TYSON FURY against Anthony Joshua is the biggest heavyweight fight since Muhammad Ali versus Joe Frazier.
That is according to legendary promoter Bob Arum, who staged the iconic ‘Fight of the Century’ at New York’s Madison Square Garden five decades ago.
Now Arum, who turns 90 this year, is on the cusp of delivering another history-making bout in boxing’s blue riband division.
He believes Fury and Joshua’s pay-per-view pulling power and online presence – not available during Ali’s reign – can grip the wider public’s attention like never before.
Arum told SunSport: “The closest heavyweight fight it compares to would be the first Ali-Frazer fight which was in March of 1971.
“The whole world stopped. Why? Because Ali couldn’t fight because of the draft situation, couldn’t fight for three and a half years but he was still undefeated.
“He captured everyone’s imagination, unfortunately we didn’t have the technology we have now.
“We didn’t have satellites domestically like we do now to get the signal, we had to use telephone company longlines and we were limited to the number of people who could watch it.
“There was no pay-per-view at the time, but still it was by far the biggest fight that I had ever experienced then and, looking back on it, now.
“And I really think Fury-Joshua will begin to approach that first Ali-Frazer fight.”
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All-time great Ali had been stripped of his title in 1967 after his refusal to serve in the Vietnam war due to his religious beliefs.
He returned in 1970 and had two fights before challenging Frazier, where he lost for the first time.
It took Ali three years to gain revenge, as he won the rematch on points, before emerging victorious in the series with his 1975 trilogy win.
Fury, 32, has himself enjoyed a similar comeback story, having vacated the unified belts a year after he won them against Wladimir Klitschko in 2015.
It took the Gyspy King – like Ali – three years to return, but by 2020 he was already at the heavyweight summit again.
He dominated Deontay Wilder, 35, last February for the WBC belt, setting him up with a historic undisputed title decider against Joshua, 31.
It will be the first time in heavyweight history that all four belts – WBC, WBA, IBF and WBO – will be on the line.
Arum and Fury’s UK promoter Frank Warren have exchanged contracts with AJ’s backer Eddie Hearn, with top lawyers going over the finer details.
Both sides – including Top Rank who return on Saturday with Joe Smith vs Maxim Vlasov on FITE TV or Premier Sports in the UK – will remain tight-lipped until an official announcement can be made.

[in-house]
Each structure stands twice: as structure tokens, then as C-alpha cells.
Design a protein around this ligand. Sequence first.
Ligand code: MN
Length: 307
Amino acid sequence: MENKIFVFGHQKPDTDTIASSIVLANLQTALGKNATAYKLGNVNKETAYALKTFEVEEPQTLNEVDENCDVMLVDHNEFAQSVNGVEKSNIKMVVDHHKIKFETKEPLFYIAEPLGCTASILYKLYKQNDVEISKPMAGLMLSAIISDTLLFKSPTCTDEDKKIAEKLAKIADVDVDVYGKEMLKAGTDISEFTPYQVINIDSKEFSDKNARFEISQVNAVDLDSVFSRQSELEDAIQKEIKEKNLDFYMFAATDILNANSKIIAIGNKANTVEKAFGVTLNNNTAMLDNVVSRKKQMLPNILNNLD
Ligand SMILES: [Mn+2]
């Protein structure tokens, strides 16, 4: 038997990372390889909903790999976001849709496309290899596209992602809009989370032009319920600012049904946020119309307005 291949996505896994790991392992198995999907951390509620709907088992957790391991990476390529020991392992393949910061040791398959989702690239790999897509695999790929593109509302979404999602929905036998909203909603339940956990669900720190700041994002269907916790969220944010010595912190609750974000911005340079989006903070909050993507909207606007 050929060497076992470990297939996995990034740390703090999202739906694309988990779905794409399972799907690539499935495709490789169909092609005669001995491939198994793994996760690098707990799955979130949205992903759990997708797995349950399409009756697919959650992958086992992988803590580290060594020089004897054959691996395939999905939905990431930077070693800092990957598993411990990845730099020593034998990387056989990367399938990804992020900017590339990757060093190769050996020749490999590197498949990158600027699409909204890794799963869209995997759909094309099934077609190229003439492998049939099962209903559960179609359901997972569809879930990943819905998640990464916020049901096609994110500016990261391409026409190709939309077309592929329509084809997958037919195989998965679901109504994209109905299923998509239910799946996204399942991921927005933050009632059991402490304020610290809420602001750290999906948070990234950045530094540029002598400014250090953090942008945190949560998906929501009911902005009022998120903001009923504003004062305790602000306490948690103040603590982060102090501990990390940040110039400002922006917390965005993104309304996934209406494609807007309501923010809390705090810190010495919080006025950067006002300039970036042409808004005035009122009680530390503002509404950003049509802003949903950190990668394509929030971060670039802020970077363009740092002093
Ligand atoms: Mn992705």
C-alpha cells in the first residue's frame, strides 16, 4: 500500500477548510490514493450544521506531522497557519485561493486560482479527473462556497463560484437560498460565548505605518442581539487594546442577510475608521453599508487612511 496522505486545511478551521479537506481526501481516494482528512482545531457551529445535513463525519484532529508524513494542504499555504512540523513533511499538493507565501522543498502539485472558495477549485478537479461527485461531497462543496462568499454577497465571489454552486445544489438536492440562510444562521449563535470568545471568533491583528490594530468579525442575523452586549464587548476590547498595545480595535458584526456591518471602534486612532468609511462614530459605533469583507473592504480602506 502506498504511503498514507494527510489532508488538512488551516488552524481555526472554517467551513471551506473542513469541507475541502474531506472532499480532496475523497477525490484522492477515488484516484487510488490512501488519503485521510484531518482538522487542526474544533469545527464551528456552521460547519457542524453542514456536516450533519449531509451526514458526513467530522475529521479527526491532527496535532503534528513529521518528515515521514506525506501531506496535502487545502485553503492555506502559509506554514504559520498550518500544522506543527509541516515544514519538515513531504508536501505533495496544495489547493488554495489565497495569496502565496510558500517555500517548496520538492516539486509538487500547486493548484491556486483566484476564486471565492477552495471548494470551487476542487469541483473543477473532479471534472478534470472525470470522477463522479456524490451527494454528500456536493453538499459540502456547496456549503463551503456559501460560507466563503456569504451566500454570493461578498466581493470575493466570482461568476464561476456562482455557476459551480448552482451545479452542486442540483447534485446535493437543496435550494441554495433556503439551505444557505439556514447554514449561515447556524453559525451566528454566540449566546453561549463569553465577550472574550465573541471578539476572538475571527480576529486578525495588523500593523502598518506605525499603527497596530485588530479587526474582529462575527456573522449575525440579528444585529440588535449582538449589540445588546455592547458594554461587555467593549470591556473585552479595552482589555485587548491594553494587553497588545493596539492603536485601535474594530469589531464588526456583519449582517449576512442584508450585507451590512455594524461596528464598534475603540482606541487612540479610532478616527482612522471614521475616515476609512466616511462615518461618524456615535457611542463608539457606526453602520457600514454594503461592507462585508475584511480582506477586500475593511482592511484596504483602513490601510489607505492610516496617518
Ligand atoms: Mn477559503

But fans have been ensured only extraordinary circumstances would prevent the Battle of Britain from finally commencing.
Arum revealed: “Well, lightning could hit one of the fighters and incapacitate them and it doesn’t happen.
“But otherwise, I’m absolutely certain it will happen.
“But, remember fights like these, particularly this fight with Fury and Joshua, big financial ventures and anything of this magnitude, the lawyers are going to do good careful work.
“Matchroom sent us their draft of the agreement, then I set up a Zoom call with Frank and his lawyer Stephen Heath, with Tyson’s lawyer Robert Davis, with my lawyer and myself.
“We went over the draft, made a whole list of changes, marked up – which we call redline – sent it back to them, they then accepted most of them, maybe some additional changes and it goes back.
“But this is the normal process. The issues between the two camps continue to get narrowed down until there’s a meeting of the minds and the deal’s ready to be signed.
“Not at that stage yet but I’m confident we will be.”
Terms in the contract include a rematch clause for the loser, promising fans the chance of a domestic double header.
But amid the coronavirus pandemic, the initial fight looks destined for an away fixture, with the Middle East and Asia both mooted options.
Not only has Arum been in the thick of the greatest heavyweight fights, including with Mike Tyson, he has been involved in the richest.
The American former attorney helped promote Floyd Mayweather’s 2015 win over Manny Pacquiao, which sold a record 4.4m PPVs and raked in around £52m in ticket sales.
But it took over five years to make and relied on Mayweather demanding his terms be met in the negotiation room.
That included his name being first on the poster, walking to the ring second and having his name announced after Pacquiao’s.
Arum will be faced with similar requests between the nation’s leading stars in Fury and AJ, but does not expect such dramas to arise.
He said: “Problems will be dealt with now and I envision Matchroom and their people, knowing Frank and his people, Top Rank, once we get it sorted the promotion will be really non-controversial.
“All of these issues will be sorted out beforehand.”